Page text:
Dr. Christ: To the best of my knowledge, there are no layoffs on my radar. Where layoffs have been occurring are areas where faculty cannot support their technicians or research positions from research or soft funds. If you will recall, previously Dr. McPheron met with those units where there were some technician or research positions that were funded from college funding. Those areas have until June 30, 2013, to find alternative funding for those positions because the college can no longer afford to support those positions. We have also been trying to streamline some things within our central units such as with the Publication Distribution Center where we are moving to an online ordering system through an external vendor. We are trying to minimize layoffs but we are downsizing. Administrative staffing is down to the bones and there is nowhere to cut. We still have a few more positions that are clearly needed within the units. We are looking at sharing staff centrally across the units as a possible option.

Question 7: It has been heard that the college will soon be cutting the college budget and taking back a percentage of each departmental budget. Can you elaborate?

Dr. Christ: The College has a $1.7 Million deficit that needs to be repaid over the next five year period. Due to the restructuring process and shifting of personnel into new units, the college has an opportunity to reset the budget. Historically, when budget cuts have been made in the past, each department gave up different things depending on their individual budget situation. In other instances, the only option available to departments was to cut personnel. Now we have to do something because we have had these changes. The other challenge is that each department is so different—with different teaching, research and extension resource needs—that we do not want to make an across-the-board determination. As a result, this year departments would initially receive 50% of their permanent operation budget starting July 1, 2012 with the exception of the salary line—all salary lines were provided. The college has retained funds to centralize some annual expenses incurred such as the Microsoft licensing fees and the Telecommunications IT fee (based on headcount). On the College’s teaching budget line, Dr. Tracey Hoover is working with a subcommittee to adjust those lines so that the college can reinvest a portion every year to departments with growing instructional programs or to help support judging teams which are not official teams. Dr. Gary Thompson is also working with a subcommittee to reallocate GIA packages among the departments. With regard to carryover funds, some departments have a legitimate reason for carrying over large amounts of General funds due to faculty start-up packages, etc. But there has been a trend with some departments to have large carryover amounts. We cannot save General funds for a rainy day when the college has a debt to pay off. As a result, we are starting to hold back 25% of the department’s carryover amounts unless a department has a legitimate reason for their carryover.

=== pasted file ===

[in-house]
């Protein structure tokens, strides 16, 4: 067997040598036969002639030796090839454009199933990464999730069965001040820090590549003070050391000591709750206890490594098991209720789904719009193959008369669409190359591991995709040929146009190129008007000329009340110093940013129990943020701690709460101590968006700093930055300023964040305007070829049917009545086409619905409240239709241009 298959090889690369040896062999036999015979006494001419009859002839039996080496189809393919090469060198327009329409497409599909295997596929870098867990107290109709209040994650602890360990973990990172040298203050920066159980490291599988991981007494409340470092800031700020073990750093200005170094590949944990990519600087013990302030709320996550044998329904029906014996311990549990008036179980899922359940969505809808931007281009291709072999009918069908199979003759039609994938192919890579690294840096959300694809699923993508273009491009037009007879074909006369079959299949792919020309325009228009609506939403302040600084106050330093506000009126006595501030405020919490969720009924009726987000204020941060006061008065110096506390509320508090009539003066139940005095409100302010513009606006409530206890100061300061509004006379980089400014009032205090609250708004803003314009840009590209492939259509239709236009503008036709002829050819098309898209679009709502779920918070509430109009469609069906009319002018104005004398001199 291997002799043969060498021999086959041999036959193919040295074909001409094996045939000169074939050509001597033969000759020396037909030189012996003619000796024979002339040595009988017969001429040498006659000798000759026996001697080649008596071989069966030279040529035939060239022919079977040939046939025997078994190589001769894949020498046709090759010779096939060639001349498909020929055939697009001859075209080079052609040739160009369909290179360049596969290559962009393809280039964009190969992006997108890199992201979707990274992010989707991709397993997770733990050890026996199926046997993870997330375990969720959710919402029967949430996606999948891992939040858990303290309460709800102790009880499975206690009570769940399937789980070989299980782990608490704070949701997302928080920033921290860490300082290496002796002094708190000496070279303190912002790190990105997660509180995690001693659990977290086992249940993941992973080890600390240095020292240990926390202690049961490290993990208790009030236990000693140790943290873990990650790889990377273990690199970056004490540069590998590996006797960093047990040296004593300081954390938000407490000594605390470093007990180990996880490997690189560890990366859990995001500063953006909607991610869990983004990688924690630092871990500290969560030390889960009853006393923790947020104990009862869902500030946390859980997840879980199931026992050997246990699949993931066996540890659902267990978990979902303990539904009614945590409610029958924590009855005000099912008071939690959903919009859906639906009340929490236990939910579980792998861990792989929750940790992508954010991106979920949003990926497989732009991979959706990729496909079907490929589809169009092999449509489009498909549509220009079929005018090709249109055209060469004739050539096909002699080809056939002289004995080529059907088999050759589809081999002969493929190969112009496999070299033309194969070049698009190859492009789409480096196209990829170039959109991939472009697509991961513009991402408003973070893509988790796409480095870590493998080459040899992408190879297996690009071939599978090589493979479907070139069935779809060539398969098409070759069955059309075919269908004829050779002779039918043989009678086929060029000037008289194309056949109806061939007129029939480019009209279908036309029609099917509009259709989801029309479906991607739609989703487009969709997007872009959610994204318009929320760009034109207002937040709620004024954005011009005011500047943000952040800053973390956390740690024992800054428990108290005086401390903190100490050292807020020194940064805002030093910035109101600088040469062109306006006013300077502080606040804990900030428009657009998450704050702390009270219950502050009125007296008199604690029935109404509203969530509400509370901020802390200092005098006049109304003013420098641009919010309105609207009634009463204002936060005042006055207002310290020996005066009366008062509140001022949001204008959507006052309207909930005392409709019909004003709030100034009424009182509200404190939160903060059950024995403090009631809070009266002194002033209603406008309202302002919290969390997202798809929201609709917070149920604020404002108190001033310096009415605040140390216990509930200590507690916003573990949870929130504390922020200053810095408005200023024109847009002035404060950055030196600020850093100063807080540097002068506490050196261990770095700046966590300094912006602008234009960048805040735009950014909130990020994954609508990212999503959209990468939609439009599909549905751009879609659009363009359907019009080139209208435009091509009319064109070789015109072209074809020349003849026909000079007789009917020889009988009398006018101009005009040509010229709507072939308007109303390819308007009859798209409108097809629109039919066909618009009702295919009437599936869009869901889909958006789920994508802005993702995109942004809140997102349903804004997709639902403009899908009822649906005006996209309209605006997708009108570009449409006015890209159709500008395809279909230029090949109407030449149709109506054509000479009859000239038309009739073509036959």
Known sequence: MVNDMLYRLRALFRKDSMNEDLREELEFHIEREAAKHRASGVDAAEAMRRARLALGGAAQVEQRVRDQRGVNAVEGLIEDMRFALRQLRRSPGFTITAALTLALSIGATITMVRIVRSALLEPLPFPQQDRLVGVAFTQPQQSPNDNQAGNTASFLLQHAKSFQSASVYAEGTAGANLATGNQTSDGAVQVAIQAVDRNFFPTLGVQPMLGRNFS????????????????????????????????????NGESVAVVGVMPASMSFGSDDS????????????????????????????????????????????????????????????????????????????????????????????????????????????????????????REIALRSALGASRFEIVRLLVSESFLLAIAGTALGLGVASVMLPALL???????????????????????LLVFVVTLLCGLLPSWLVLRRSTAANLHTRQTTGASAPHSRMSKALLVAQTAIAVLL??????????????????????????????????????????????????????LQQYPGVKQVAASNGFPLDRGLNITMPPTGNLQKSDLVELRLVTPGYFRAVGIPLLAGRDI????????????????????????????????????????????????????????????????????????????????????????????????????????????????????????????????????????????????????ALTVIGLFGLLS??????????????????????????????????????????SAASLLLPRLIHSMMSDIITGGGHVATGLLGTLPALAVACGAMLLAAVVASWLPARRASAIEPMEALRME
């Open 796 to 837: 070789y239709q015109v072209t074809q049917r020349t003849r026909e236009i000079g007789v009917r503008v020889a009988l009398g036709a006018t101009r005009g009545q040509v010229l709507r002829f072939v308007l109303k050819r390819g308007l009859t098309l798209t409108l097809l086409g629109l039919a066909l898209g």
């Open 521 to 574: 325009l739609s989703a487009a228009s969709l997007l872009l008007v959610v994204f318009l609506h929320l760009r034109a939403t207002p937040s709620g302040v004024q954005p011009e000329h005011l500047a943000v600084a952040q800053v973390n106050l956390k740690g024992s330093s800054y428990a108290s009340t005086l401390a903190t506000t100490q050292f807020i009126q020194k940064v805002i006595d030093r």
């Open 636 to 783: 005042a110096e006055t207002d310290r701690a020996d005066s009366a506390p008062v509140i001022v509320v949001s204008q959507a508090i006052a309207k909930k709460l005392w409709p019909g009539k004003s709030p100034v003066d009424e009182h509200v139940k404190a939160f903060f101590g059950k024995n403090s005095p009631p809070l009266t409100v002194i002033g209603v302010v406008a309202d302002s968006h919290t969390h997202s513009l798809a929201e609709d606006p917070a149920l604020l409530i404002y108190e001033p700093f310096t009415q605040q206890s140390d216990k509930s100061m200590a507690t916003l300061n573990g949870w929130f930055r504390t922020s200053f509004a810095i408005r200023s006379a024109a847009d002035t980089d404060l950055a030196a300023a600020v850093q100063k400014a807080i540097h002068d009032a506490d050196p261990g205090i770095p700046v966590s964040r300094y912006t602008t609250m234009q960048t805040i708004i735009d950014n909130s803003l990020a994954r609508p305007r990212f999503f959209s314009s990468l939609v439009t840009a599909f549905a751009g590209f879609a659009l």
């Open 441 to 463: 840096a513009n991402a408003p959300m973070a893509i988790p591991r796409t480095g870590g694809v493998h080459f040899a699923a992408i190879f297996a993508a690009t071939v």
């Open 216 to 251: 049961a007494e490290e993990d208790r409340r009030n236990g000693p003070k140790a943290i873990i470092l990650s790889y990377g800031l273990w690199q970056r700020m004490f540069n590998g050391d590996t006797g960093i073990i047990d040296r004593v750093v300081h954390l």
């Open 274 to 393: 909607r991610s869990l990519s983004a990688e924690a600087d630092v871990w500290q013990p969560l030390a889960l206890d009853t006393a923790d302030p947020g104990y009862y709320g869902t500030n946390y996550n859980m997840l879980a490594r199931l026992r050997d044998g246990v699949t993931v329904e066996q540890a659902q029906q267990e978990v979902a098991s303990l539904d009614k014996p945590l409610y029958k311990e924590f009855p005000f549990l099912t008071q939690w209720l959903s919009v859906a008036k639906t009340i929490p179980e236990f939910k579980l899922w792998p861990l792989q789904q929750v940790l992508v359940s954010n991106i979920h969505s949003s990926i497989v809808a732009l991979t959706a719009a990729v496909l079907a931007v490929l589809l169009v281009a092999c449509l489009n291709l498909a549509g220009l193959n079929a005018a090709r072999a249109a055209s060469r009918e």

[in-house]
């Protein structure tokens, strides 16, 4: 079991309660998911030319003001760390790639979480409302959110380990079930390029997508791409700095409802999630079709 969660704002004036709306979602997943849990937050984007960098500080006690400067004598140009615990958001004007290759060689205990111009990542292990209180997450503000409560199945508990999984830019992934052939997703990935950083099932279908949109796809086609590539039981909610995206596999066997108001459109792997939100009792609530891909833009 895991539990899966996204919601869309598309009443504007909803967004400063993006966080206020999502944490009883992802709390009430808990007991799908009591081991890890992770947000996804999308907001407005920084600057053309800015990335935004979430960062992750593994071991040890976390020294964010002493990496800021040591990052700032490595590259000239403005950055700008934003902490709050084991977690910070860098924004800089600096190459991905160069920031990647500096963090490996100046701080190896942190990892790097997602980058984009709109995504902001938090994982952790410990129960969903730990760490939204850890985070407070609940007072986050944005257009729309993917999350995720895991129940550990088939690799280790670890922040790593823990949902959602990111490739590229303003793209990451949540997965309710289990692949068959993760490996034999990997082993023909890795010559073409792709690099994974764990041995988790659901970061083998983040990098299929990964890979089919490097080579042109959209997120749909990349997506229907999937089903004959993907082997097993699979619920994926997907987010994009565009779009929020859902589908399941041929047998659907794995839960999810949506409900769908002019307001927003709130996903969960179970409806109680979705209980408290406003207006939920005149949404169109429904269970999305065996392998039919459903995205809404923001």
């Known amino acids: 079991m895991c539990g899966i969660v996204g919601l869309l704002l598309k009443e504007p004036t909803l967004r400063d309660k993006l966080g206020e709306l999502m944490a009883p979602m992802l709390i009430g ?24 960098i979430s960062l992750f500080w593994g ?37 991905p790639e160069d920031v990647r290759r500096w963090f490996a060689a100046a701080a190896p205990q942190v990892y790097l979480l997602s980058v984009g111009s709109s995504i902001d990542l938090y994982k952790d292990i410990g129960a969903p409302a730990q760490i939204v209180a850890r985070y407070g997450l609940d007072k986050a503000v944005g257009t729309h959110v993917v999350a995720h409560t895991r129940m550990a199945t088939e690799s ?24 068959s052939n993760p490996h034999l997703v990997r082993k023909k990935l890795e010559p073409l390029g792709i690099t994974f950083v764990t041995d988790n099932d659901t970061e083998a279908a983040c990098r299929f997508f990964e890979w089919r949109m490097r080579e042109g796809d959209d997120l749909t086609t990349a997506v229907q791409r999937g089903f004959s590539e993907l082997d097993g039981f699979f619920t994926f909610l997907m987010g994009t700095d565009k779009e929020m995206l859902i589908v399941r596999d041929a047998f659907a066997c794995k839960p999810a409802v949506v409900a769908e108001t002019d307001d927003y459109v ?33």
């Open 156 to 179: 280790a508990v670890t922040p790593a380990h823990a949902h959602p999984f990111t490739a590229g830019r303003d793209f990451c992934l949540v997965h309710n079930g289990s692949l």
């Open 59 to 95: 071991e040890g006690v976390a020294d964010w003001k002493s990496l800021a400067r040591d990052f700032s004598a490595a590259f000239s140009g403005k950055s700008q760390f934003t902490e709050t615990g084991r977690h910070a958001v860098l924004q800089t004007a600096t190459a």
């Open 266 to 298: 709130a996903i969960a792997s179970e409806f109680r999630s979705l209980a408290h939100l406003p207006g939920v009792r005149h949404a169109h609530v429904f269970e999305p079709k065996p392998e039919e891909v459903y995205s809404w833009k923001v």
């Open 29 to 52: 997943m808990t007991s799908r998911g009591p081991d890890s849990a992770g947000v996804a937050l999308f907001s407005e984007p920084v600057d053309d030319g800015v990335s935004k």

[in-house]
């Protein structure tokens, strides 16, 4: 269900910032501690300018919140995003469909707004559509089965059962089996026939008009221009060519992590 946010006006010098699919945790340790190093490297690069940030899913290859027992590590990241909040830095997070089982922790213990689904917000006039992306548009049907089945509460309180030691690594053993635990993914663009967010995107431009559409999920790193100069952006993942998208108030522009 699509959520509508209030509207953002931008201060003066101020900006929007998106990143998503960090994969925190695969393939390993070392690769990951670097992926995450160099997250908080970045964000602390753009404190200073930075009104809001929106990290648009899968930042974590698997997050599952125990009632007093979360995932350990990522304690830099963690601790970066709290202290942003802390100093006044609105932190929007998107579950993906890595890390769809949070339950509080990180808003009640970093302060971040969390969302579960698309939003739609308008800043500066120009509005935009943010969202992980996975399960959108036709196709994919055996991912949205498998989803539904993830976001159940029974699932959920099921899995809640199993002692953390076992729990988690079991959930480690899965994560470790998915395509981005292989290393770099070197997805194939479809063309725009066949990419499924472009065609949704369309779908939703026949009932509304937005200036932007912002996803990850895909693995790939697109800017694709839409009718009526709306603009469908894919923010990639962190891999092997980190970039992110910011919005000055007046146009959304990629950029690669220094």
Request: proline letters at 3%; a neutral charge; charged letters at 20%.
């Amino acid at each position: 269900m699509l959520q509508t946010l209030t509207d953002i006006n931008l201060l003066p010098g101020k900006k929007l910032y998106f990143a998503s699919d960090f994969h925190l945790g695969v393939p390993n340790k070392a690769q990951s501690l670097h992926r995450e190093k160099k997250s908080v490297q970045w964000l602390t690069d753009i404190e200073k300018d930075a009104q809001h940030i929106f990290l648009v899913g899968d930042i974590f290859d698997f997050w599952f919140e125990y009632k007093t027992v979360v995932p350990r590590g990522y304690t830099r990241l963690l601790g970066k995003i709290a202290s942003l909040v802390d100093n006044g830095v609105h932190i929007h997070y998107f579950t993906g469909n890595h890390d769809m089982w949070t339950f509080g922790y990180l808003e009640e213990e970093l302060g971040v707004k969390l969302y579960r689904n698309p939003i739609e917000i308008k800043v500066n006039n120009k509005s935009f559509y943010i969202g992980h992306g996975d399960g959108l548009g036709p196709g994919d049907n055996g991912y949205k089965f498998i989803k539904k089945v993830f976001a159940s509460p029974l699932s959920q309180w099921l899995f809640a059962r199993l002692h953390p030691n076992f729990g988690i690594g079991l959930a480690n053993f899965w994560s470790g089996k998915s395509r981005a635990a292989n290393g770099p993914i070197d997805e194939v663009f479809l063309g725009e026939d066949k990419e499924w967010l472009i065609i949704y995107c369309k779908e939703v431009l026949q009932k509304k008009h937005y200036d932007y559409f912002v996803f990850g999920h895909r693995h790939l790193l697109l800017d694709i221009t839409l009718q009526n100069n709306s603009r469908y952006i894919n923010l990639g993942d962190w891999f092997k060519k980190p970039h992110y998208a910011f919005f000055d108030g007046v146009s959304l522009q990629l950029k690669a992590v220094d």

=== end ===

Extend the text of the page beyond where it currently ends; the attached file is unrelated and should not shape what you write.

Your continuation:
Question 8: With regard to employee morale issues: are there any initiatives planned by the college to provide continuing encouragement to staff through this transition? People continue to feel as though they are “drifting” and have no direction and, since the layoffs only affected staff, the feeling that staff are expendable and of little overall importance to the college.

Dr. Christ: Let me ask the committee what initiatives should the college organize to help? We try to take the approach of providing assistance and direction, but what else can we do to help? What would be most beneficial to the staff? 

    Some suggestions were to organize an ice cream social, organize college tours of different college areas (monthly/quarterly); have department heads meet with their staff (not all department heads do); encourage some “Thank You” notes or e-mails to staff who do a good job.

Question 9: From the discussion during the college’s staff retreat, it seems there is confusion among staff about the centers in the college and how they are related to the departments and the college. Additionally, staff supporting these centers have noted feeling disconnected and unsupported by their departments and the college due to the lack of understanding by non-center staff of the missions of these centers. Centers are also being expected to handle tasks that belong to the undergraduate staff person in that academic unit due to a lack of response, or delays, in getting the information needed from the staff assistant. Can you please provide more details about the relationship of the college’s centers to the departments and staff?

Dr. Christ: We have to look at each center individually.  When creating new centers, faculty don’t always think down the line of determining what staff support that would be needed to support the center.  Some centers revolve around a grant where the grant should be supporting the staff members.  The organizational chart is a good idea because there does seem to be a lot of misunderstandings about the centers and their reporting lines.